Hypernatremia is when there is too much sodium in the body. It may be serious and requires care from your doctor.
Hypernatremia happens when there is an imbalance in the amount of water and sodium in the body—too little water, too much sodium.
The main cause of hypernatremia is having more water leave your body than enter it. This causes dehydration . A person can become dehydrated in different ways, such as:
Factors that may increase your chance of hypernatremia include:
Hypernatremia may cause:
Untreated hypernatremia can be fatal.
Copyright © Nucleus Medical Media, Inc.
You will be asked about your symptoms and medical history. You will be asked about your fluid intake and urine output. A physical exam will be done.
Your bodily fluids may be tested. This can be done with:
Liquids can be given by mouth or IV to balance the fluids in your body. The fluid will contain a specific concentration of water, sugar, and sodium. Reintroducing fluids slowly into your body will lower the sodium to a normal level. Talk with your doctor about the best treatment plan for you.
You may also be given medication to treat nausea.
Family Doctor—American Academy of Family Physicians
National Institute of Diabetes and Digestive and Kidney Diseases
The College of Family Physicians of Canada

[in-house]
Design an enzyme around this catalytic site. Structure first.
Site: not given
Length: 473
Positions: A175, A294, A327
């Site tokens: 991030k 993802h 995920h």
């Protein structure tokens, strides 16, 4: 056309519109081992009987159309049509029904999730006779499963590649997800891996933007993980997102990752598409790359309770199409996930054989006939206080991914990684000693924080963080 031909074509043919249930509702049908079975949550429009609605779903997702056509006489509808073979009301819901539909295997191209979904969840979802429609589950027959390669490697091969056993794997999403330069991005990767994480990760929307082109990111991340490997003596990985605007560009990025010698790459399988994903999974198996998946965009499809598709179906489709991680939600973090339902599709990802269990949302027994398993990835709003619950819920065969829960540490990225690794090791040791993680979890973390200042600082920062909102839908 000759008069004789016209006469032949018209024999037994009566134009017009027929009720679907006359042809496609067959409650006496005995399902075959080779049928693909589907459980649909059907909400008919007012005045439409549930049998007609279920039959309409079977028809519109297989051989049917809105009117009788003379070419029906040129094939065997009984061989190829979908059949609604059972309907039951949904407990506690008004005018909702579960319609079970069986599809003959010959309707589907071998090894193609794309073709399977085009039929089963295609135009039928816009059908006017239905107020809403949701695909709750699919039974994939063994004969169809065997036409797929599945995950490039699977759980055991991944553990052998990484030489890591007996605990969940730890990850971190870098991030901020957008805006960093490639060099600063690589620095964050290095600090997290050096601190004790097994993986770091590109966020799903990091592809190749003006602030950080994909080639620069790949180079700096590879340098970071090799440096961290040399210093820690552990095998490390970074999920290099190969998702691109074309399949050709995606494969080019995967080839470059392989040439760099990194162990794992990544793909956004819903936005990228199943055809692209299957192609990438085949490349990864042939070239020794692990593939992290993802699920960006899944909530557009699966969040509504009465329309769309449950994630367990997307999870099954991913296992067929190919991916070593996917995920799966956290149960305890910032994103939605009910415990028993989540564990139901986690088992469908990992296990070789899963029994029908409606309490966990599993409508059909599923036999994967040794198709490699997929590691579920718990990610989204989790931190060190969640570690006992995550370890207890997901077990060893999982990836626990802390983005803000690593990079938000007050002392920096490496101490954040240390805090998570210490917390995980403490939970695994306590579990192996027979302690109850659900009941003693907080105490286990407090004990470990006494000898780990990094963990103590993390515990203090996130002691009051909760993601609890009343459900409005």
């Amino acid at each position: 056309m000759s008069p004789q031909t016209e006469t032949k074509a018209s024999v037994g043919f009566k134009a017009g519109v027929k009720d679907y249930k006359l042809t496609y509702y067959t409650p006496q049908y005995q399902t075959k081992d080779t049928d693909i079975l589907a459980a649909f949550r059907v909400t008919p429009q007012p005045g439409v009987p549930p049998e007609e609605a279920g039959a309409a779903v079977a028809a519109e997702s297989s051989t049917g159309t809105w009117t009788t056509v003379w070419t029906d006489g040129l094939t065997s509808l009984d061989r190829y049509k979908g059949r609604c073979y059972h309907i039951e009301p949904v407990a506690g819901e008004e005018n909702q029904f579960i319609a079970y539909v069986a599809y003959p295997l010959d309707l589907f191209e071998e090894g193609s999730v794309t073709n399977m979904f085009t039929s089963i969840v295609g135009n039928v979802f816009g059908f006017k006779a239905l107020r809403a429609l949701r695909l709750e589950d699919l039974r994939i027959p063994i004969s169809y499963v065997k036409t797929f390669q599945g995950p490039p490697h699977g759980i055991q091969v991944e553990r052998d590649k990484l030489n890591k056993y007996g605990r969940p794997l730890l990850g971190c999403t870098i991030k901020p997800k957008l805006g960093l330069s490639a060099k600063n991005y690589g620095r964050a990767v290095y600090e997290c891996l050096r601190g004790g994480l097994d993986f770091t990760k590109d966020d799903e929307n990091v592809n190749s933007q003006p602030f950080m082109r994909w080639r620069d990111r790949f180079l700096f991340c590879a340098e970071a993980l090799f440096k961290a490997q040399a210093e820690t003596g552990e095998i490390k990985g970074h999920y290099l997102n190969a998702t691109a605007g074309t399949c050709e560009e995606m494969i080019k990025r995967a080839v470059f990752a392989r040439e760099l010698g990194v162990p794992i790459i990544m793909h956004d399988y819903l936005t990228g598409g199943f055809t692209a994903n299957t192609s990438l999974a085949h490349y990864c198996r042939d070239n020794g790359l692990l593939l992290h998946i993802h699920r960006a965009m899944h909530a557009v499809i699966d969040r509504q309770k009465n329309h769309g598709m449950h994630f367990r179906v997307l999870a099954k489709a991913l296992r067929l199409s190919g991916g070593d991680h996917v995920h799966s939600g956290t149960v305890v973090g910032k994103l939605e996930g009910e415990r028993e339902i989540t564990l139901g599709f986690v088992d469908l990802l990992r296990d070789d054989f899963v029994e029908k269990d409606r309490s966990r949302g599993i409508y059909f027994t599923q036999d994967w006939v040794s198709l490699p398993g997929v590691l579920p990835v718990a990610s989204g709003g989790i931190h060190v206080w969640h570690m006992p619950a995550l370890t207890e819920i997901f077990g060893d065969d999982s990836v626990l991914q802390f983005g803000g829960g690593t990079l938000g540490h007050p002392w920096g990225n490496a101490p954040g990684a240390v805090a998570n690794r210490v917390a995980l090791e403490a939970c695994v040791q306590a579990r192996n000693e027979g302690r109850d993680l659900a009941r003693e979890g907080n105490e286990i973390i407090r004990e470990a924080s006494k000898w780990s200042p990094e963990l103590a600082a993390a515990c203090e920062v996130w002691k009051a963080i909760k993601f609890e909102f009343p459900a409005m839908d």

Adrogué HJ, Madias NE. Hypernatremia. N Engl J Med. 2000; 342(20):1493-1499.
Chassagne P, Druesne L, et al. Clinical presentation of hypernatremia in elderly patients: a case control study. J Am Geriatr Soc. 2006;54(8):1225-1230.
Dehydration and hypovolemia in adults. EBSCO DynaMed Plus website. Available at: http://www.dynamed.com/topics/dmp~AN~T910373/Hypernatremia-approach-to-the-patient. Updated October 5, 2015. Accessed September 30, 2016.
Hypernatremia. EBSCO DynaMed Plus website. Available at: http://www.dynamed.com/topics/dmp~AN~T910373/Hypernatremia-approach-to-the-patient. Updated August 19, 2016. Accessed September 30, 2016.
Hypernatremia. The Merck Manual Professional Edition website. Available at: http://www.merckmanuals.com/professional/endocrine_and_metabolic_disorders/electrolyte_disorders/hypernatremia.html. Updated March 2013. Accessed February 26, 2014.
Stuart W, Smellie A, et al. Hyponatraemia and hypernatraemia: Pitfalls in testing. BMJ. 2007; 334(7591): 473-476.
Last reviewed December 2014 by Michael Woods, MD
Please be aware that this information is provided to supplement the care provided by your physician. It is neither intended nor implied to be a substitute for professional medical advice. CALL YOUR HEALTHCARE PROVIDER IMMEDIATELY IF YOU THINK YOU MAY HAVE A MEDICAL EMERGENCY. Always seek the advice of your physician or other qualified health provider prior to starting any new treatment or with any questions you may have regarding a medical condition.
Copyright © 2012 EBSCO Publishing All rights reserved.
What can we help you find?close ×